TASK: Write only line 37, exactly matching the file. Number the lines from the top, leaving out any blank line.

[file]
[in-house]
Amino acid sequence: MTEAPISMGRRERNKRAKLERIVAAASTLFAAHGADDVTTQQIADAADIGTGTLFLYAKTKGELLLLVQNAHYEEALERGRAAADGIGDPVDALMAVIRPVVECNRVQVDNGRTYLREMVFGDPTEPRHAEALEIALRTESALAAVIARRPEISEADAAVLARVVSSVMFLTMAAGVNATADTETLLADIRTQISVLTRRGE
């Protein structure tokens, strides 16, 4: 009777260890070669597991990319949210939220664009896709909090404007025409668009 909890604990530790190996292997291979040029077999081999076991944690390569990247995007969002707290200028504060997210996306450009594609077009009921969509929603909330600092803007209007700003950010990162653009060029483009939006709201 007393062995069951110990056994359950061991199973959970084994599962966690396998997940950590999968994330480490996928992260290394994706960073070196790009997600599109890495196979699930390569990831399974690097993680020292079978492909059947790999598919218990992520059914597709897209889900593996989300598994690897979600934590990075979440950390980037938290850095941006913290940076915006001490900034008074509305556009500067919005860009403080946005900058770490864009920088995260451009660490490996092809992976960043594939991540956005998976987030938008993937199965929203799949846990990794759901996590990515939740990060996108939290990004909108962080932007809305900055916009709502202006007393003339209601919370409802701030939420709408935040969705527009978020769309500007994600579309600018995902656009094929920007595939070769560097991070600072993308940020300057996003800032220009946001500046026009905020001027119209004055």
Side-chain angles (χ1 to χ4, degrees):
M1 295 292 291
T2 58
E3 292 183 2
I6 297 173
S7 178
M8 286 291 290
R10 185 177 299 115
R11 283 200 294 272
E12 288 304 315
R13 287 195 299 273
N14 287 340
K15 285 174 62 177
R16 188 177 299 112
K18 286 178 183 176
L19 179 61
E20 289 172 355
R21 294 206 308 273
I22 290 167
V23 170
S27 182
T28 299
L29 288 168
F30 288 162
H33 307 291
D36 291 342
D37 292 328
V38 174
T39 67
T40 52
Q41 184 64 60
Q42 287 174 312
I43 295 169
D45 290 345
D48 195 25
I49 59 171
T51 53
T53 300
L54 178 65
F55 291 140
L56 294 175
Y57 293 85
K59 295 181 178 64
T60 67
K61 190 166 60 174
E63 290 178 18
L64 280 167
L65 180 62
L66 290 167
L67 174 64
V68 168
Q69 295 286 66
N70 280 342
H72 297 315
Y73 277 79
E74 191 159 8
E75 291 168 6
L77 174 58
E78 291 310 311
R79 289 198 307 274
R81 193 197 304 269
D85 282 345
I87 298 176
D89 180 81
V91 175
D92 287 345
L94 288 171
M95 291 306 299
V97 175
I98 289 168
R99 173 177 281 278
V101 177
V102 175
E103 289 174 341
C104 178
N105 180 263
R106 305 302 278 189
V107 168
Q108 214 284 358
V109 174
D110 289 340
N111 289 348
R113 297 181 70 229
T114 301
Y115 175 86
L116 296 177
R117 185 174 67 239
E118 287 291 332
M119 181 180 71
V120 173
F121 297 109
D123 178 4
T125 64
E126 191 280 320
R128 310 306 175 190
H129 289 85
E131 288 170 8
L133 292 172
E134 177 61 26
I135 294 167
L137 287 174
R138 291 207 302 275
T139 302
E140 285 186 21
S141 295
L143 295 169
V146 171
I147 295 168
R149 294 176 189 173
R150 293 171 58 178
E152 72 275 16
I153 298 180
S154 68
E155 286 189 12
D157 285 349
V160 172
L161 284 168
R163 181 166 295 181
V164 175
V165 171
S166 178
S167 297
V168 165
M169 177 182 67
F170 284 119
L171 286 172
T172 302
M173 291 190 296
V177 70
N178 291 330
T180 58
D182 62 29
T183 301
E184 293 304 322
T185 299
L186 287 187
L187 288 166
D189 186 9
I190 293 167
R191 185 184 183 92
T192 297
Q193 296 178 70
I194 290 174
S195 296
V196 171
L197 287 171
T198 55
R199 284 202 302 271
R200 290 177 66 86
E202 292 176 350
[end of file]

D45 290 345